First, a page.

Published in the North Island Gazette April 25, 2013
Vernon Lake is located in the top end of the Nimpkish watershed. In the traditional territory of the ‘Namgis First Nation, it was given its current English name in March 1924, named after the Honourable Forbes George Vernon, who served as Chief Commissioner of Lands and Works for British Columbia.
Today Vernon Lake is known for its small campsite and its fishing. Some also know it as the terminus area for the Englewood Logging Railway.
There is another, much more sad and desperate story linked to the history of this remote lake.
In July 1939 two trappers, James H. Ryckman (56) and Lloyd Coombs (27), chartered a plane to fly up to the Lake. They had a cabin, and brought in 1500 pounds of supplies and some personal gear. They planned to work their trap line for the summer, and then to hike down either to Nimpkish or Tahsis.
Unfortunately heavy rain and flooding in the fall prevented them from hiking out. On December 1 Coombs tried to hike out, but had to return after repeated effort to cross waist-deep and ice cold rushing streams frustrated his efforts.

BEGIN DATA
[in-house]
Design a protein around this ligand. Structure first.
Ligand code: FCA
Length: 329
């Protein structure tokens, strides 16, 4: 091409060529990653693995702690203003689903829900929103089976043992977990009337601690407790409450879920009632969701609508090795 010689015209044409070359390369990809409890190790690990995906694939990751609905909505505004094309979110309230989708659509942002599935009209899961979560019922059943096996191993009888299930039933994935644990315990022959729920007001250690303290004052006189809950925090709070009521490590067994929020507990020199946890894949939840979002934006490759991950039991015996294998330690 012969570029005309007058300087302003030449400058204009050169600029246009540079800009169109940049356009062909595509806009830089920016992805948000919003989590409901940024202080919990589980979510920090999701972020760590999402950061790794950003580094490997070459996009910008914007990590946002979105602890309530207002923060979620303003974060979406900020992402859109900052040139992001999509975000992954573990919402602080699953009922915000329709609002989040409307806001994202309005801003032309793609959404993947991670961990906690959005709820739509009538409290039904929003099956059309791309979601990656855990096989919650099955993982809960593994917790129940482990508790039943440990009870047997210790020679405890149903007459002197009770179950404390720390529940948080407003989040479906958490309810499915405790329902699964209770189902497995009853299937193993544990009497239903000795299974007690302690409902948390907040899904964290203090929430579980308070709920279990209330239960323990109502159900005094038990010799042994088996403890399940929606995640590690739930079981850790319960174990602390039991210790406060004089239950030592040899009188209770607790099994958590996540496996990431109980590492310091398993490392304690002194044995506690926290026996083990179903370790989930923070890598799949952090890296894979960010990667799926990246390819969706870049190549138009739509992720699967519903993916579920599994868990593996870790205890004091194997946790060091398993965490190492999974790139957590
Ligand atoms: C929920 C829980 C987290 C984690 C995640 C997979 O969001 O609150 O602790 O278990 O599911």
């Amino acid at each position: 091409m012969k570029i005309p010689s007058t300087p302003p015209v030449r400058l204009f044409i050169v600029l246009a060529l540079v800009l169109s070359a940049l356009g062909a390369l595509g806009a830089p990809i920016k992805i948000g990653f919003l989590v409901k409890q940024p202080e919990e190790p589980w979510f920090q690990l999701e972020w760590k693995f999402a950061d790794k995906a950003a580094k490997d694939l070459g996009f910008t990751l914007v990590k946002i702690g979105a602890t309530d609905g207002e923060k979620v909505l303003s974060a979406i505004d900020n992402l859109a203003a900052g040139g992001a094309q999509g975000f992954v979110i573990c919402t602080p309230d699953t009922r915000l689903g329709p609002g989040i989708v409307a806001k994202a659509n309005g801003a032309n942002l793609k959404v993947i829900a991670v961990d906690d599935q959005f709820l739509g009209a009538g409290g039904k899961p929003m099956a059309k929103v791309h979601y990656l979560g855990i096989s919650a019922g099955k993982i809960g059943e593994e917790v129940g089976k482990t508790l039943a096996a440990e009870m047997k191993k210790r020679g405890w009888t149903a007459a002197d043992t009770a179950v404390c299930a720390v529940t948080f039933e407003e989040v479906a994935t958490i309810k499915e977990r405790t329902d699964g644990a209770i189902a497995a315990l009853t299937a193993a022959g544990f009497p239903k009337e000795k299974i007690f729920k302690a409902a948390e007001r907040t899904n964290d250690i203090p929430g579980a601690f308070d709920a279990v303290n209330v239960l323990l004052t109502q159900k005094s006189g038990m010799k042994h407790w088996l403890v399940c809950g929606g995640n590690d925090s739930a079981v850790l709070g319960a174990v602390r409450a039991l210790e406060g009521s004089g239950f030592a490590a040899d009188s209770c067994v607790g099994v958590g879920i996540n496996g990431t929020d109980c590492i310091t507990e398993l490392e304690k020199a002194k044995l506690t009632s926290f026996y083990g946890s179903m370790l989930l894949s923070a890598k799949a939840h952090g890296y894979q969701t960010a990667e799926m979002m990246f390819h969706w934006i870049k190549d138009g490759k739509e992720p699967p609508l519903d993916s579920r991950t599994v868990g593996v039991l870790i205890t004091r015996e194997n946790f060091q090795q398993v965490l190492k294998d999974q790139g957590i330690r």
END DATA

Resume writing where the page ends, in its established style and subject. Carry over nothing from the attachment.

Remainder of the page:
The life of trappers was rough, and many died while working their traplines, but what is unique about the Vernon Lake story is that the trappers left a diary that chronicled, in detail, their last horrific months.
The pair’s food was critically low by Christmas, and they grew more and more desperate as they struggled to find enough to eat.
While they started off venturing from the cabin to hunt and fish, as they grew more and more weak they found it harder to catch any food. They resorted to luring warblers into their cabin with salt, shutting the door, and catching them. Eventually they were too weak to leave the cabin or even to split firewood.
On March 18 Coombs noted in the diary that Ryckman had died: “Dear mother, Jim died today at 2 pm. This might be the last I’ll have nerve enough to write so if I do anything wrong, please forgive me. I can’t stick it any longer.”
In March 1940 worried family members chartered a plane to look for the men. After struggling with low cloud cover, a plane finally did touch down on April 1, and found an SOS marker on the shore, and the bodies of the two men in their cabin.
When the Coroner arrived, he noted that the two men weighed only about fifty pounds each. One had ended his life with a gunshot.
In April 1940 newspapers across North America ran a syndicated story that quoted large portions of the diary.